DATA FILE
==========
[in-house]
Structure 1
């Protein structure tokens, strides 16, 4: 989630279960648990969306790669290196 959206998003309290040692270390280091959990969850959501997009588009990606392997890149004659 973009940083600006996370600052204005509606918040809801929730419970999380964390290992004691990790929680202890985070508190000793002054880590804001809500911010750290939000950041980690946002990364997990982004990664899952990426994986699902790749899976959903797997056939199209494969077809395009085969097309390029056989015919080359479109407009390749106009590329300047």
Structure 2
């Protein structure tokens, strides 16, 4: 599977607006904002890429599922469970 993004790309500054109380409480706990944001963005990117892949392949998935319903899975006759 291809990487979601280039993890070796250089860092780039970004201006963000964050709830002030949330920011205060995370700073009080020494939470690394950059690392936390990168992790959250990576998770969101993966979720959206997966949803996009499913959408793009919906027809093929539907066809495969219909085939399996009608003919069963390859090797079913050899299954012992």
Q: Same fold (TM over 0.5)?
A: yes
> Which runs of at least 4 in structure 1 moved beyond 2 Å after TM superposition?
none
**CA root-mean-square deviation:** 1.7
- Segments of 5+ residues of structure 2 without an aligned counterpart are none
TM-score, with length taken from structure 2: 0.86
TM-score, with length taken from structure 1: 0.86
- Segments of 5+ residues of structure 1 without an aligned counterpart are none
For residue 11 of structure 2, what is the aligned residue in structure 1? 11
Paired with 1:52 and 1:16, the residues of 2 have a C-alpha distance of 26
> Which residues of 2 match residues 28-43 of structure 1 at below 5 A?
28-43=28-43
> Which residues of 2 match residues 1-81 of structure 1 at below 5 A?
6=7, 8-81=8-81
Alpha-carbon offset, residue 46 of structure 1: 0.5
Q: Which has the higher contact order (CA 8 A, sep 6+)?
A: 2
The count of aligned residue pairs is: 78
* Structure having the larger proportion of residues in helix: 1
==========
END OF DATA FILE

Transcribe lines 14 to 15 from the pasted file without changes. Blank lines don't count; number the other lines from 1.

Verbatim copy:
- Segments of 5+ residues of structure 1 without an aligned counterpart are none
For residue 11 of structure 2, what is the aligned residue in structure 1? 11